Forbidden Fruits and Sweet Roses

Serotinal Greetings!


It’s been extraordinarily Summery in Londinium in between the heavy storms which is making the ground so soft and moist (orgone conductive) to walk barefoot upon.

Someone asked me if I’m afraid of germs on the ground.  I replied that I’m concerned about potential diseases if I don’t connect with Earth.      Such relief to be grounded, DNA commingled, re-entwined with Nature; I could stay barefoot all day.     Rubber soles create rubber souls!     Say “hello, hello (I don’t know why you say goodbye)” to the beetles!


There are concerns in green urban spaces, I’ve discovered.   The beautiful fruits below are my Father’s garden organic – crisp, sweet and lovely, direct from the tree – as most food, ideally, might be eaten.  Bliss!  (The insatiable starlings gobbled the cherries!)

DSC00189Last year in Dukes Meadows, I watched with delight as volunteer children and adults planted fruit trees across the fields.     Each time I walked past, I enjoyed the progressive proliferation of the trees who now bear fruit collected by passers-by.

However, I recently saw that all the grass had been annihilated from underneath each group of trees.      To my horror, notices announced that the ground had been poisoned with herbicide!     DSC00327Why?    To get rid of the grass to plant a wildflower meadow……

Instead of contaminating the Earth, they could have just used the same spades with which they planted the tree saplings, and dug up the grass.    Then  add Grochar (Craig Sams), organic, sustainable soil improver to encourage germination.     I despair.     The second point,  is why plant meadow flowers where they’ll be trampled – when people will want to access the fruit to eat it?         Has there been any ecological (or logical?) thought behind this?  DSC00332

“.. two treatments of herbicide.   The herbicide is approved for use in public parks and is the same as that used by the council…”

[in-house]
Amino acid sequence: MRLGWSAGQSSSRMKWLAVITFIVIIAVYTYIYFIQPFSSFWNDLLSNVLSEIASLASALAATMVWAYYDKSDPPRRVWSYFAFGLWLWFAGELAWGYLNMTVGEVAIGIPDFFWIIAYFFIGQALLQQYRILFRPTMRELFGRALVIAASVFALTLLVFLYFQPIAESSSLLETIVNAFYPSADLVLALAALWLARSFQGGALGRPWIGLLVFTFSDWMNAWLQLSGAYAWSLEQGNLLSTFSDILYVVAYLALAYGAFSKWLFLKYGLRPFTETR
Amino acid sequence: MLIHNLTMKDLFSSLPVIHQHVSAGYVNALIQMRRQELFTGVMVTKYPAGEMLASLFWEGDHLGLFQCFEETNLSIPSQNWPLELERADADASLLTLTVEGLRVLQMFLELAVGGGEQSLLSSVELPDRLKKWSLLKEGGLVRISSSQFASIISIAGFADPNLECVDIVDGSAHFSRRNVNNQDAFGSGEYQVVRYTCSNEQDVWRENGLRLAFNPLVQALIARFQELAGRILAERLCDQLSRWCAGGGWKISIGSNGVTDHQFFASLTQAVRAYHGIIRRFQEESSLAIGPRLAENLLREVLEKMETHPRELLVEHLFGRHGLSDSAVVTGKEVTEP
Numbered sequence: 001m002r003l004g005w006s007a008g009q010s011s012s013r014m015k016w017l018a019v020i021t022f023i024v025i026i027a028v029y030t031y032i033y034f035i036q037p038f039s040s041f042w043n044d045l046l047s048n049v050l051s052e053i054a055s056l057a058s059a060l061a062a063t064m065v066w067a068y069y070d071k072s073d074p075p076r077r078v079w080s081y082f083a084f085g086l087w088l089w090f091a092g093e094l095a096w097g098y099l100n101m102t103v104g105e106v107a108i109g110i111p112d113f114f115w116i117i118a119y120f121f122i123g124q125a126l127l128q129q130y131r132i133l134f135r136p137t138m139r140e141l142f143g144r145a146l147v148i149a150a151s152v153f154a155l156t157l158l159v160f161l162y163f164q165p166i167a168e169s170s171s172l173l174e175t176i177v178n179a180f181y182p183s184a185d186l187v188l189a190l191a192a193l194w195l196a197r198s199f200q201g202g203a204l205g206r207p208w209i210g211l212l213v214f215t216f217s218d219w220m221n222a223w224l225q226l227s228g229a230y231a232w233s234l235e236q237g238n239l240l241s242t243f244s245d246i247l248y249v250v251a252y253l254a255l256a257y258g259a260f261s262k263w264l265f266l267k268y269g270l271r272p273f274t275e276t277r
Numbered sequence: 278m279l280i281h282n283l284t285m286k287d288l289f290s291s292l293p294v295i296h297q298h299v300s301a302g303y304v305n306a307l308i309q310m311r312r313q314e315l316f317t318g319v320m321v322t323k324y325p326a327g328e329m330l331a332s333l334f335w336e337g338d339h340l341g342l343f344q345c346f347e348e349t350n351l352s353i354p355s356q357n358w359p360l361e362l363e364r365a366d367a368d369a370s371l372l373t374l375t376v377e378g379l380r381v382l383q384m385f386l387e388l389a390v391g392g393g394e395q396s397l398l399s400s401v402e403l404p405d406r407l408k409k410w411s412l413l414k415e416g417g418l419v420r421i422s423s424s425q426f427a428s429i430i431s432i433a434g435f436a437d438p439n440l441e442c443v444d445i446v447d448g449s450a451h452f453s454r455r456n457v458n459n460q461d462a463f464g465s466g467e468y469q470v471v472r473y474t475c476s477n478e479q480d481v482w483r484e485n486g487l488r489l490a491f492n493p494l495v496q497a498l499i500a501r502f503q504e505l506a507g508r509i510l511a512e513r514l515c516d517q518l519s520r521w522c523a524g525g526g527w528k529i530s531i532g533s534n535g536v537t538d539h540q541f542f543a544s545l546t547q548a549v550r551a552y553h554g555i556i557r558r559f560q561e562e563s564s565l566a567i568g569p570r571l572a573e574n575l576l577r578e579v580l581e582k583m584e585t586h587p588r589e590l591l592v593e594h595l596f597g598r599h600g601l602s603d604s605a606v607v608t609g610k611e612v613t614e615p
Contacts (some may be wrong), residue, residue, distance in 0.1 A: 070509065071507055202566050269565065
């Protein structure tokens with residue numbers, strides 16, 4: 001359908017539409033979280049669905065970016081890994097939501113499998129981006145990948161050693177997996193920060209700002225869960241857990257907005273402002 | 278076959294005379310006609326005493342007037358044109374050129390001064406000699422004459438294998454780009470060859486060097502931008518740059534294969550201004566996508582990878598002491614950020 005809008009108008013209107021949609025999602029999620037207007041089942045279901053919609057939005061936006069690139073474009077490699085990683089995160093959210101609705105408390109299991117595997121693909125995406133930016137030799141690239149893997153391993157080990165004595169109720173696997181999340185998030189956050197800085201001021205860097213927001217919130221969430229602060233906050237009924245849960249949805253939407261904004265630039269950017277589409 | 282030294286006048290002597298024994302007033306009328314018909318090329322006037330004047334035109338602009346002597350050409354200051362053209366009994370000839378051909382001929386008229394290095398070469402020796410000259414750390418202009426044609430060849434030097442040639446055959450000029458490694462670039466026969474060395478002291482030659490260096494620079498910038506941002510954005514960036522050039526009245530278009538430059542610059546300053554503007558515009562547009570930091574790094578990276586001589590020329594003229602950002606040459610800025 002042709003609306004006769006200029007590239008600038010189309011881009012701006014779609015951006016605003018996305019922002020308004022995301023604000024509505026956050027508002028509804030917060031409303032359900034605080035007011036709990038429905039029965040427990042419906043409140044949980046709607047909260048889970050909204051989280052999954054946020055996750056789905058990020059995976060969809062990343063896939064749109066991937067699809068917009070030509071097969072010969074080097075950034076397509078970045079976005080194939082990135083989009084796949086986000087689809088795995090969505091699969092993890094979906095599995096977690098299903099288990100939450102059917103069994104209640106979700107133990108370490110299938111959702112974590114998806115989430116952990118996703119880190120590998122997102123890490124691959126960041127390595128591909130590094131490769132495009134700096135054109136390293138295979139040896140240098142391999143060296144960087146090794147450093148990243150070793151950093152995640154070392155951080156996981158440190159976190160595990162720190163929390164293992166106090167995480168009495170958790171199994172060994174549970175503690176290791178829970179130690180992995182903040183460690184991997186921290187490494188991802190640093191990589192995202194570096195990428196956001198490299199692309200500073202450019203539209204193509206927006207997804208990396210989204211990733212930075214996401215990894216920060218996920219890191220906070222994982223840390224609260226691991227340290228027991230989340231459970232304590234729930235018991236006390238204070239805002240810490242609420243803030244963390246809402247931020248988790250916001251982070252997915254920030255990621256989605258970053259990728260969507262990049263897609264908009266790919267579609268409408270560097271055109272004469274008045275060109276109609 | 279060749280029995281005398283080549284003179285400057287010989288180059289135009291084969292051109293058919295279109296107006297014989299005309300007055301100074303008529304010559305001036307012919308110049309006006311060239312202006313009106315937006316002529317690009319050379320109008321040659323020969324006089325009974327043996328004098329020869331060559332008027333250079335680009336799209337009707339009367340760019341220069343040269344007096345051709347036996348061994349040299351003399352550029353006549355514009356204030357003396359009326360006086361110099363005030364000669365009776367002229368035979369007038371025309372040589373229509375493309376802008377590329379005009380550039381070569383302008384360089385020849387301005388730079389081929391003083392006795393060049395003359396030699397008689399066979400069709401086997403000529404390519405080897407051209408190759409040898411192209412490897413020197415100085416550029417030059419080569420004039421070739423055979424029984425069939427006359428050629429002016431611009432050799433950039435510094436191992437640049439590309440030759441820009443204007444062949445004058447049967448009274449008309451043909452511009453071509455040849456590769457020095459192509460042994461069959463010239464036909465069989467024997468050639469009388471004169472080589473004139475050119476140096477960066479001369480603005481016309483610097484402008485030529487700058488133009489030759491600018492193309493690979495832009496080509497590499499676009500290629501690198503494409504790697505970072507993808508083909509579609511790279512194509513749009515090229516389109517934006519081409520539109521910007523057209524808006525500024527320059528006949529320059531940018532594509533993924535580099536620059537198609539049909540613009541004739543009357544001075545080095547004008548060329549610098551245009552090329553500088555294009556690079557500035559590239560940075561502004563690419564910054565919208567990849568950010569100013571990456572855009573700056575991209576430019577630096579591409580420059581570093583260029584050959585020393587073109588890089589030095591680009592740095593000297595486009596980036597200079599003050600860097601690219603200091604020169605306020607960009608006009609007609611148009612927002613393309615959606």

WHAT?!   Don’t we have enough pollution, chemtrails and radiation to contaminate the environment?    (There are Soil Association permitted chemicals such formaldehyde in ready-made sea-weed garden feed.  I make up my own.)      Or sufficient defiled tap water with skeletal-softening, cell-hardening  fluoride; and denatured food.    “Organic,” free range eggs are from chicks vaccinated at birth which is EU ruling  stall-holders tell me, unless you keep your own.   25 years on, I’m still asking sheeps/goats cheese sellers not to use xenoestrogen, gender-bending, carcinogenic cling film.     Yes, I only want unpasteurised but are the goats allowed to roam?   Not in all cases.   No Vitamin K or sunlight.

How long will we even have the farmers market option instead of the Stepford Wife Stupormarkets?  Dr Gabriel Cousens has urged US citizens to write, reporting that: “The FDA’s new food safety rules have the real potential to force some of the nation’s safest local and organic farms out of business!”

People have been removed from farming and self-sufficiency for a long time: the Industrial Age in Britain, in Pakistan people are being encouraged to work in the towns instead of growing rice; corn growers in areas of South America ditto, the Native Americans were forced to farm instead of eating wild foods; and I think “The Dust Bowl” in the US and the potato famine in Ireland – were to create workforces forced to buy their goods in shops, no longer living off the land, alongside Nature.   Neil Young, Willie Nelson and John Mellencamp have been doing Farm Aid concerts since 1985 to support agriculture because of the burden placed on family farmers.

“Herbicide, larvicide, pesticide, fungicide, suicide!”  lovely David Avocado Wolfe

None of these artificial chemicals is recognised by the body, so they disrupt the biochemical processes in the form of hormonal disturbance leading to severe brain/body malfunction.

Invisible toxins (obesogens/xenoestrogens) cause cell alteration and deterioration: from overweight, arthritis, Alzheimers and worse.    

As a forager of all things wild and woody, for infusions, tinctures, packs (e.g. a shoulder tendon injury) salads and juices – my main concerns would be the chemicals I avoid like the plague elsewhere.      So I’ve been asking gardeners in urban green havens such as Margravine, Holland Park etc what exactly is used.     I’ve seen a masked sprayer of what I assume is herbicide along the edge of  Queens Club fences to remove “weeds” which is where urban herbicide is largely used i.e. at the edges of pathways and pesticide on nursery plants before planting to kill aphids.

Much better to invest in irrigation (we had a minor drought in London this year) organic nourishing feed and in heirloom, heritage, ancestral plants which are non GMO and without the inherited poisons.